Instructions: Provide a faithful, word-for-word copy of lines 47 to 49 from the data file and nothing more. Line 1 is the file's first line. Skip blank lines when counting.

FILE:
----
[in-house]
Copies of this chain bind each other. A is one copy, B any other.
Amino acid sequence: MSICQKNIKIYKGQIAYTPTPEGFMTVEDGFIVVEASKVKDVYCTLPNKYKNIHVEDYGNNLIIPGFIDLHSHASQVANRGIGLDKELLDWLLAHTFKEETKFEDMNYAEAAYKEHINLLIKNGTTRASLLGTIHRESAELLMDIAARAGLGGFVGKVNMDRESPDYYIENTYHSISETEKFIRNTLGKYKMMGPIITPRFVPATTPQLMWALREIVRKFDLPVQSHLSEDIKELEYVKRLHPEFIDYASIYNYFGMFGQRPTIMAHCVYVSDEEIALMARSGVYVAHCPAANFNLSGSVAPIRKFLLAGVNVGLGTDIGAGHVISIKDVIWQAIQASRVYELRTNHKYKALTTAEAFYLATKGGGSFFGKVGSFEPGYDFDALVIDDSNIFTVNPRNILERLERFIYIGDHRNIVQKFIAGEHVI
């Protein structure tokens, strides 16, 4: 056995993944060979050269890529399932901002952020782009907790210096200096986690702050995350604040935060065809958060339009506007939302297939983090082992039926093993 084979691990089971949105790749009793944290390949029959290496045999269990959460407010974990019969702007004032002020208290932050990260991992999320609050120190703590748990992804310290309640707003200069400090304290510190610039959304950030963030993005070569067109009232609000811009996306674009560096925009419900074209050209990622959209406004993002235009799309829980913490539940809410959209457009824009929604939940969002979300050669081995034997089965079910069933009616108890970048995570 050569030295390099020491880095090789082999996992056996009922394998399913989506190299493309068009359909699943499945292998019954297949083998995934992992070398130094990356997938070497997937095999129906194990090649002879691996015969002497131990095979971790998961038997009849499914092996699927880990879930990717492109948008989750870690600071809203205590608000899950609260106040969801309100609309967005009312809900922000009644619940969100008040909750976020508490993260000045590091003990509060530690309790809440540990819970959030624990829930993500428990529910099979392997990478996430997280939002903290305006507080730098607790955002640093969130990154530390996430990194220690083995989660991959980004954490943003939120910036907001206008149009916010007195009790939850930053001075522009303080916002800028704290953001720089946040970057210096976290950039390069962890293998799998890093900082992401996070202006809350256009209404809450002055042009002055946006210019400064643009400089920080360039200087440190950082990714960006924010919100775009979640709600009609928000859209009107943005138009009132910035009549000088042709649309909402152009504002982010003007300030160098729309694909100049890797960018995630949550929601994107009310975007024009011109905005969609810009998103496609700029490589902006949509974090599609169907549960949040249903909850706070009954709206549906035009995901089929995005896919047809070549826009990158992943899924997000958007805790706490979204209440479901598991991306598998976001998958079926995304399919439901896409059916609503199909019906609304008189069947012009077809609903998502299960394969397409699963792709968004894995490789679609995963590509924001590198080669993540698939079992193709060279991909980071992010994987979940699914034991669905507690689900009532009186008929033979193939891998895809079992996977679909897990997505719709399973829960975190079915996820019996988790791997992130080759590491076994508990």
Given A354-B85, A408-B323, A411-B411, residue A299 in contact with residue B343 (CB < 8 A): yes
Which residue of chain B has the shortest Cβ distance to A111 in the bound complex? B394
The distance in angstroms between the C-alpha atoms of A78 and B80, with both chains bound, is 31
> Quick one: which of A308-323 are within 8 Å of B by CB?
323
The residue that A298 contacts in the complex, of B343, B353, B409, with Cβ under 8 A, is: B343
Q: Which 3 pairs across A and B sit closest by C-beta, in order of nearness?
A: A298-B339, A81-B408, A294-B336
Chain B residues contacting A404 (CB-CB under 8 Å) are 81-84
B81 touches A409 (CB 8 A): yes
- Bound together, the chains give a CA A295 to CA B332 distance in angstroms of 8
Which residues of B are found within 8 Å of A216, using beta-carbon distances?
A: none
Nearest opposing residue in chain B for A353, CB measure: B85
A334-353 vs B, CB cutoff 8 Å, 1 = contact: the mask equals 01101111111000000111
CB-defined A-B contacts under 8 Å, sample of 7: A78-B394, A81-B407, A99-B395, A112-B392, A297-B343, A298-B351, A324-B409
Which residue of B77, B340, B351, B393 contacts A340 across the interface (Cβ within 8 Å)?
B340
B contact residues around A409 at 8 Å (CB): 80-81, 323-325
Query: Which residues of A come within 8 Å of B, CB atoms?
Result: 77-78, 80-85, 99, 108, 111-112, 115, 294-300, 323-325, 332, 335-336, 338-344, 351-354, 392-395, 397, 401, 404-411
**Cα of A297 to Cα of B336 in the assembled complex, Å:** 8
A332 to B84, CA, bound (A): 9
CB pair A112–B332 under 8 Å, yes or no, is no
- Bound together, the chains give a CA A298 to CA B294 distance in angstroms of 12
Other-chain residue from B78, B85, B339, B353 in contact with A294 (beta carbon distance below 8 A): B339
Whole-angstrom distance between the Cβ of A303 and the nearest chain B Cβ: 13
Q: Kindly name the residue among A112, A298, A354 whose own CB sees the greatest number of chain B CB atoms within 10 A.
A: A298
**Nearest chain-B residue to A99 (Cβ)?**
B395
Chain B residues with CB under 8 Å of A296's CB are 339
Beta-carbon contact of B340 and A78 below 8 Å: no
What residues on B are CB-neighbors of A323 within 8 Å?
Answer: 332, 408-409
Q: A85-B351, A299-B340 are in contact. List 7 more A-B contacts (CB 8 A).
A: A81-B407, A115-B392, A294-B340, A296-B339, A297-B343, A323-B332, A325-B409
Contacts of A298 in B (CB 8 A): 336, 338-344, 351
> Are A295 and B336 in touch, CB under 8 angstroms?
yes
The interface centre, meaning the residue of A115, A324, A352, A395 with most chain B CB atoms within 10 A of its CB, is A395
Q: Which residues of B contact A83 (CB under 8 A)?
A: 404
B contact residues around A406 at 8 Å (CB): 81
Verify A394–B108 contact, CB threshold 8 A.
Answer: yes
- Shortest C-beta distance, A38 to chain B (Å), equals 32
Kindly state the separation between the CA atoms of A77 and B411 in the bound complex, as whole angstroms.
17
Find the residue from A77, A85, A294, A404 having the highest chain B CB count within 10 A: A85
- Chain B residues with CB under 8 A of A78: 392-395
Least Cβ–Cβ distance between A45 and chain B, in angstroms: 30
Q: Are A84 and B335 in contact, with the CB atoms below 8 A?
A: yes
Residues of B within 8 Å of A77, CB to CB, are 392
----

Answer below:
A: 404
B contact residues around A406 at 8 Å (CB): 81
Verify A394–B108 contact, CB threshold 8 A.